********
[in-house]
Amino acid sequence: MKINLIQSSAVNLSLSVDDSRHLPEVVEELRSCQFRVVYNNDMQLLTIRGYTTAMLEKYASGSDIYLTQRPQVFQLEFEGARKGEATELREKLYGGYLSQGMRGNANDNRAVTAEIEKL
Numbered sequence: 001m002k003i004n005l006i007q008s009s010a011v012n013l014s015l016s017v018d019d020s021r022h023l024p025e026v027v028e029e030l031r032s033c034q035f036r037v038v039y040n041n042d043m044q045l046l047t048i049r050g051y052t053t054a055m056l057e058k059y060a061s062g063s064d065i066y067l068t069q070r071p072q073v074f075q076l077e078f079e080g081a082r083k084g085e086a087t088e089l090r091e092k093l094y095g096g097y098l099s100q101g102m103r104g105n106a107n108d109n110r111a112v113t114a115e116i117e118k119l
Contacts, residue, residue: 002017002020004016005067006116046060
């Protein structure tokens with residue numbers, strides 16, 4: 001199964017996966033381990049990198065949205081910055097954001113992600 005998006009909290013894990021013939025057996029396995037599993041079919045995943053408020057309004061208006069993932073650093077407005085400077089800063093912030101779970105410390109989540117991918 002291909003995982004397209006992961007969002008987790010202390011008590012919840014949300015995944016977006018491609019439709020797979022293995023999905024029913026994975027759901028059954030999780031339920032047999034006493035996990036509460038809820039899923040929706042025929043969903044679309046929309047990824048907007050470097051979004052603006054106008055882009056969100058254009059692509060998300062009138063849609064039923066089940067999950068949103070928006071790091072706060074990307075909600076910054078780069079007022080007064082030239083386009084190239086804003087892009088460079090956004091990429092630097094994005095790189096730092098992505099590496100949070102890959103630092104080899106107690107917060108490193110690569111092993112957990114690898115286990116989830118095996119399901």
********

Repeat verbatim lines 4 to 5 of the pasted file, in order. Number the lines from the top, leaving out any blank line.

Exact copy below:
Contacts, residue, residue: 002017002020004016005067006116046060
């Protein structure tokens with residue numbers, strides 16, 4: 001199964017996966033381990049990198065949205081910055097954001113992600 005998006009909290013894990021013939025057996029396995037599993041079919045995943053408020057309004061208006069993932073650093077407005085400077089800063093912030101779970105410390109989540117991918 002291909003995982004397209006992961007969002008987790010202390011008590012919840014949300015995944016977006018491609019439709020797979022293995023999905024029913026994975027759901028059954030999780031339920032047999034006493035996990036509460038809820039899923040929706042025929043969903044679309046929309047990824048907007050470097051979004052603006054106008055882009056969100058254009059692509060998300062009138063849609064039923066089940067999950068949103070928006071790091072706060074990307075909600076910054078780069079007022080007064082030239083386009084190239086804003087892009088460079090956004091990429092630097094994005095790189096730092098992505099590496100949070102890959103630092104080899106107690107917060108490193110690569111092993112957990114690898115286990116989830118095996119399901």